Another poster commented: “My mother was not a complete narcissist needing self-vindication by posting selfies to make herself feel better and objectify the most basic natural human condition there is.”
Sarah said: “I received the worst comments on social media, some were really stupid.
“The weights I was using might be heavy for people commenting on my posts, but for me they were a lot lighter.
“People didn’t understand why I was carrying on. I got told ‘you’re so vain and care more about what you look like than the health of your baby’.
Sarah claims working out during pregnancy helped her sustain her energy levels during the speedy labour.
Sarah said: “I’d been in labour and walking around for two hours, which speeds it up, but from getting to the hospital to having Kayson it was less than an hour, it was really quick.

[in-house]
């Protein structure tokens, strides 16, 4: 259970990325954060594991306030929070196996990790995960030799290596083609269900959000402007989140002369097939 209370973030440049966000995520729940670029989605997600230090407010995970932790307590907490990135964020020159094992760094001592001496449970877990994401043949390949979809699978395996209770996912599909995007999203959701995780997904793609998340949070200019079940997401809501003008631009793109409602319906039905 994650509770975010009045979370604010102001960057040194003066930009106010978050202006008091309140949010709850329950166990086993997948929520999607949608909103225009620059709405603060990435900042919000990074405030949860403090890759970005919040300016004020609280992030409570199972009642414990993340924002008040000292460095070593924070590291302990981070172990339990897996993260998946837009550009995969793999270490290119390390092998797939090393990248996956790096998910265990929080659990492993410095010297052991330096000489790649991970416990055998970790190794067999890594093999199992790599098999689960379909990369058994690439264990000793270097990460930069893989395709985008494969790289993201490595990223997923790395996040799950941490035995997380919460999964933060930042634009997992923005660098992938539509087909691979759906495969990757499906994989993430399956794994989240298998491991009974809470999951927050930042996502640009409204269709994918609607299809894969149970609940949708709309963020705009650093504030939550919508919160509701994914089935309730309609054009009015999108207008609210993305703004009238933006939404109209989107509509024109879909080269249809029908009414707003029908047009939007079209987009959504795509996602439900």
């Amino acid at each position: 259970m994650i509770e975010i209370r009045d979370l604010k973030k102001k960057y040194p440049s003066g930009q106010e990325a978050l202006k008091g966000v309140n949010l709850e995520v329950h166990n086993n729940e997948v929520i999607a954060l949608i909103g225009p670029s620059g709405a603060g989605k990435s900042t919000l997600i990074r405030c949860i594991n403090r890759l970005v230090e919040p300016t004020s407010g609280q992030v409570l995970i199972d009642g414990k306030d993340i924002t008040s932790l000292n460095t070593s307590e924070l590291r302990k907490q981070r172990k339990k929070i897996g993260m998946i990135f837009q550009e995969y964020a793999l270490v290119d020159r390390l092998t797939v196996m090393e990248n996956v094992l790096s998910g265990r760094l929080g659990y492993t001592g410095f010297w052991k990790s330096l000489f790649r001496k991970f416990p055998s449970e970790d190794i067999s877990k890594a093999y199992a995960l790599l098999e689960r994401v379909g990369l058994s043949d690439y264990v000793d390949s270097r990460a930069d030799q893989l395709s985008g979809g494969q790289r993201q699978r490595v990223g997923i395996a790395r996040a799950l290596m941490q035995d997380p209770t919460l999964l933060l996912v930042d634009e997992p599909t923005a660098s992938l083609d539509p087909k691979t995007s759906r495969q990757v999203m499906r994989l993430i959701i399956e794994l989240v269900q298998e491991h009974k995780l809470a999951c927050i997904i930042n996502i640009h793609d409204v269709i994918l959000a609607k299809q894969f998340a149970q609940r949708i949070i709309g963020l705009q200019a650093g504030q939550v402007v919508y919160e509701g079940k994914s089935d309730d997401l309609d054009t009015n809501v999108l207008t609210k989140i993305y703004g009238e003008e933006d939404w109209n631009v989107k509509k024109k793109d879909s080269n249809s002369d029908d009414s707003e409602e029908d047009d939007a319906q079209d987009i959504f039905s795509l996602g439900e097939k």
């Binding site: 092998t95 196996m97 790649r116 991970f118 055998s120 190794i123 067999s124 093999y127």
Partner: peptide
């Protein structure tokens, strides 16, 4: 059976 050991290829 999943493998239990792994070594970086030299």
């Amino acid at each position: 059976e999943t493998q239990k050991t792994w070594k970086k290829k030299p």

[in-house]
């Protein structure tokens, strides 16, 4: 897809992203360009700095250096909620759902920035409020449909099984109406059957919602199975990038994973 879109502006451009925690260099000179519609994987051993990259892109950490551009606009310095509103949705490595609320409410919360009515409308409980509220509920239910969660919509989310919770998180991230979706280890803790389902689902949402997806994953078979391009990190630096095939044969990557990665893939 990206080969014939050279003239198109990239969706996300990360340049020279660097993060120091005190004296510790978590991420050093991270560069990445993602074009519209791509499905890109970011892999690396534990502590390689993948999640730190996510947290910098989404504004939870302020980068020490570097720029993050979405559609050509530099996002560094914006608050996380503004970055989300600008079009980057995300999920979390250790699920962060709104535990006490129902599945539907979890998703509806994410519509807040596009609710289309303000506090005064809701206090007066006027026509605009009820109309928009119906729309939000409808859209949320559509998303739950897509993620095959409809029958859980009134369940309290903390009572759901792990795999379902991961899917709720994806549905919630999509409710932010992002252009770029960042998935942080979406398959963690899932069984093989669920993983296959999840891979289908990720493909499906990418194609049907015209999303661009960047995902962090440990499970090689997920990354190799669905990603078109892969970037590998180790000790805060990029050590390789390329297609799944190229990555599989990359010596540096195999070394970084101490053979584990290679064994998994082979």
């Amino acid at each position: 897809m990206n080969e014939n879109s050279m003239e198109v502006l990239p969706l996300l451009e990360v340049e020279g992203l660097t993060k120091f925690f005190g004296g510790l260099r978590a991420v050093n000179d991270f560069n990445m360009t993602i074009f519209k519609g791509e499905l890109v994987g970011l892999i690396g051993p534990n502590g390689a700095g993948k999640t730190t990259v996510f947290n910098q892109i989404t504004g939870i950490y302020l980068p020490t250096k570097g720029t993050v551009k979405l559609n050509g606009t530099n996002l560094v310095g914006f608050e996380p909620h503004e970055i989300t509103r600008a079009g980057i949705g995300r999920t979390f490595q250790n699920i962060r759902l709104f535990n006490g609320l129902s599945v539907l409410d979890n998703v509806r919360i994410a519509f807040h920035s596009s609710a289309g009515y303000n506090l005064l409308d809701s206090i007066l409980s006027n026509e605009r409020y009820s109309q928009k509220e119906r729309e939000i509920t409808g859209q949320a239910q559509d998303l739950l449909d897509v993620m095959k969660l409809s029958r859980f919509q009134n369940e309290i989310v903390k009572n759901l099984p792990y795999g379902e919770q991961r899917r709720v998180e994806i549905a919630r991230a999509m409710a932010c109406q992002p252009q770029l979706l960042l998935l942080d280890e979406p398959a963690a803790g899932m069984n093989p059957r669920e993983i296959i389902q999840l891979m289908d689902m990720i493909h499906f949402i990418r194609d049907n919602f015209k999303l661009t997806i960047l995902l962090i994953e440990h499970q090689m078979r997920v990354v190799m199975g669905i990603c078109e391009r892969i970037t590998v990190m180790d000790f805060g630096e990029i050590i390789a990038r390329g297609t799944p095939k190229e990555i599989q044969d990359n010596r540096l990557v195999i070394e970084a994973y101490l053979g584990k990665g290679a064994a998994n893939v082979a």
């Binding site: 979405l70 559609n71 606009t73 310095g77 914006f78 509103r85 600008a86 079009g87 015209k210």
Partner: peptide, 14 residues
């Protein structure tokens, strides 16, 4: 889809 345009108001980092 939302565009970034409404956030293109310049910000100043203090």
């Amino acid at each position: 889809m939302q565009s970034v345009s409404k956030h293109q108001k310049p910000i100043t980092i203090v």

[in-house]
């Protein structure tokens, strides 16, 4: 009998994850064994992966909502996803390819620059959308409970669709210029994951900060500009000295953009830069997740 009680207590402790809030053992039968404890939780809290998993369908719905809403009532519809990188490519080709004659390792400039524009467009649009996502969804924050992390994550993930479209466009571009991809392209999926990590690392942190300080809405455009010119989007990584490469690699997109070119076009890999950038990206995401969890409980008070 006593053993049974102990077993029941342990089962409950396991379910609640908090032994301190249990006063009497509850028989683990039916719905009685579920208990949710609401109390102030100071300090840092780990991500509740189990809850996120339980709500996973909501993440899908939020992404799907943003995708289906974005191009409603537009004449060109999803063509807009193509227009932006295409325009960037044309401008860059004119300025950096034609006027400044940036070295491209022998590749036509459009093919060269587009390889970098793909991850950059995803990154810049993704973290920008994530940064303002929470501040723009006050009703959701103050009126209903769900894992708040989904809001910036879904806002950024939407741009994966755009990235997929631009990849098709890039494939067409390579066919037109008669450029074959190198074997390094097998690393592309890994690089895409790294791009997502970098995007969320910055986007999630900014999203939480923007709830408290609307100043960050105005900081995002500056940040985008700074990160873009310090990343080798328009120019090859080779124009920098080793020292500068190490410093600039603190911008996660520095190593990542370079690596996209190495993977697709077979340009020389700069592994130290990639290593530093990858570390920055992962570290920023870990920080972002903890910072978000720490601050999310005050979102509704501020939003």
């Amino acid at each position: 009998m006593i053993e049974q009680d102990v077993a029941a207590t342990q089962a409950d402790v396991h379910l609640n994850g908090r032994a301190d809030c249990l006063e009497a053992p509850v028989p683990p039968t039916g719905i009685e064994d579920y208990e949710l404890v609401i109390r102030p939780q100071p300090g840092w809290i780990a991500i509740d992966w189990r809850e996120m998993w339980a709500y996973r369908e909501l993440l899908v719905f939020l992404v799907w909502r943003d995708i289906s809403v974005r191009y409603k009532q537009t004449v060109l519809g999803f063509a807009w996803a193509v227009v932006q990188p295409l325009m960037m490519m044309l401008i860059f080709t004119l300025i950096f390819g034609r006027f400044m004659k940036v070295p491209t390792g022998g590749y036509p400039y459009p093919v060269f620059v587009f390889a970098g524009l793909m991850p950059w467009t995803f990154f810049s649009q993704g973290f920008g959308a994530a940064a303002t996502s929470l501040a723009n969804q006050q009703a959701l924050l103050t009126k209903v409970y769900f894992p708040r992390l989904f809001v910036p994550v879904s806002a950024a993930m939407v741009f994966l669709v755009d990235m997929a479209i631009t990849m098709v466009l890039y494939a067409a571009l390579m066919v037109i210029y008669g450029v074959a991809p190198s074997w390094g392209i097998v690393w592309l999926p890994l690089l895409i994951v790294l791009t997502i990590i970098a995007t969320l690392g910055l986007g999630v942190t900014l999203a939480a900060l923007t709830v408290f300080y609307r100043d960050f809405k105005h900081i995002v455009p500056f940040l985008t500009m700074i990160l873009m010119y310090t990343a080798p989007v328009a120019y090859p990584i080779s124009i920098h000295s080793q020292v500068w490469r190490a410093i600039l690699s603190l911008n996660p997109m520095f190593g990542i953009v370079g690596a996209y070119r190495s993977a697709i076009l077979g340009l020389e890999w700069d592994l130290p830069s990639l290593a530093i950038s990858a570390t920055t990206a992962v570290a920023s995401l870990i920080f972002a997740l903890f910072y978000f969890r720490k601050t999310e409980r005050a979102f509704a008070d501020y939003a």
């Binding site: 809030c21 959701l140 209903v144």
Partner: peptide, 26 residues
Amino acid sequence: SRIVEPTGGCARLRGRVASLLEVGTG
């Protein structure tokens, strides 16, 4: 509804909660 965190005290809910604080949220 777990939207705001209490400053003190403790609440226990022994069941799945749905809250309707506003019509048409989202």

“I think me being strong helped when I was having contractions.”
Sarah said Kayson ‘means everything’ to her and is a strong little boy who doesn’t cry often.
Sarah said: “He’s so alert, really active but really calm. He doesn’t cry much at all unless he’s hungry which is fair enough.
“At two days he was holding his head up, he’s really strong.
“I don’t know if it’s anything to do with my exercising while pregnant, but everyone comments on how strong he is.
“He has no problems with his health and is 100 per cent a healthy baby.
“He means the world to me, I couldn’t imagine my life without him. I love being a mum.”